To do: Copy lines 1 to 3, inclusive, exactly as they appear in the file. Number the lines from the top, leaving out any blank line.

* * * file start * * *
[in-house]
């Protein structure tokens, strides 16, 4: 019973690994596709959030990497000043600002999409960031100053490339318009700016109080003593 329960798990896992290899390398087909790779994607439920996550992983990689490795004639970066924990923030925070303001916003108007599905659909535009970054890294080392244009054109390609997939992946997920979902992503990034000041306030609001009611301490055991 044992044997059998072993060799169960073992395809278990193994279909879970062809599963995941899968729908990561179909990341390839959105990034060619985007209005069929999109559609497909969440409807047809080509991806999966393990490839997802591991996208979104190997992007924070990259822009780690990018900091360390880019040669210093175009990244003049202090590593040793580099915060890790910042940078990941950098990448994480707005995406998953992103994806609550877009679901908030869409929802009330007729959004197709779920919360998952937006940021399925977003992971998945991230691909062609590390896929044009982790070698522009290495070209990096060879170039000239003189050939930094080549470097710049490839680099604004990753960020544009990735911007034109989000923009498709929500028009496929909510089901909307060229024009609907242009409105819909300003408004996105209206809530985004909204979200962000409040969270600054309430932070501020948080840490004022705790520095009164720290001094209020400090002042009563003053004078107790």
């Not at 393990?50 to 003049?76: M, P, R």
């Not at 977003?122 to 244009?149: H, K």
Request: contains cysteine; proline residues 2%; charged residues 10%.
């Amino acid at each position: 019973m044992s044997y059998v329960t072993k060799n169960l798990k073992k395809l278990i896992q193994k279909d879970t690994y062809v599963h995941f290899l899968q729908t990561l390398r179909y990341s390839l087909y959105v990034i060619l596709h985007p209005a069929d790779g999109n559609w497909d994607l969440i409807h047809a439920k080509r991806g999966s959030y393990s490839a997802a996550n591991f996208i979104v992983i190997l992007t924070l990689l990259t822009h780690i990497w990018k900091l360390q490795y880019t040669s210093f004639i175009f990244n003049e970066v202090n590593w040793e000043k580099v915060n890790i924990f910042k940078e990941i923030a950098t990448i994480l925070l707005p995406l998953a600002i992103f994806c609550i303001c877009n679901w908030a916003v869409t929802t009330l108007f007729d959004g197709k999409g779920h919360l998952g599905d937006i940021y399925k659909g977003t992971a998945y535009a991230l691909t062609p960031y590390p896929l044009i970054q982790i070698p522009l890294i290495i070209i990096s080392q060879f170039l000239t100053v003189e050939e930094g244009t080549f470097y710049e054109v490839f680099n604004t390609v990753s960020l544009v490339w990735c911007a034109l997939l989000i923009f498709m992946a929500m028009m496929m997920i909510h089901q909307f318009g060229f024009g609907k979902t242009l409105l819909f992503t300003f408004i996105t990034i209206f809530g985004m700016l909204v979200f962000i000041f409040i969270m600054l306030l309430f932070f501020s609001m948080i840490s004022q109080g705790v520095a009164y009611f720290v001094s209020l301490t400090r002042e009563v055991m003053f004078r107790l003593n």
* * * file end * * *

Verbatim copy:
[in-house]
């Protein structure tokens, strides 16, 4: 019973690994596709959030990497000043600002999409960031100053490339318009700016109080003593 329960798990896992290899390398087909790779994607439920996550992983990689490795004639970066924990923030925070303001916003108007599905659909535009970054890294080392244009054109390609997939992946997920979902992503990034000041306030609001009611301490055991 044992044997059998072993060799169960073992395809278990193994279909879970062809599963995941899968729908990561179909990341390839959105990034060619985007209005069929999109559609497909969440409807047809080509991806999966393990490839997802591991996208979104190997992007924070990259822009780690990018900091360390880019040669210093175009990244003049202090590593040793580099915060890790910042940078990941950098990448994480707005995406998953992103994806609550877009679901908030869409929802009330007729959004197709779920919360998952937006940021399925977003992971998945991230691909062609590390896929044009982790070698522009290495070209990096060879170039000239003189050939930094080549470097710049490839680099604004990753960020544009990735911007034109989000923009498709929500028009496929909510089901909307060229024009609907242009409105819909300003408004996105209206809530985004909204979200962000409040969270600054309430932070501020948080840490004022705790520095009164720290001094209020400090002042009563003053004078107790």
């Not at 393990?50 to 003049?76: M, P, R």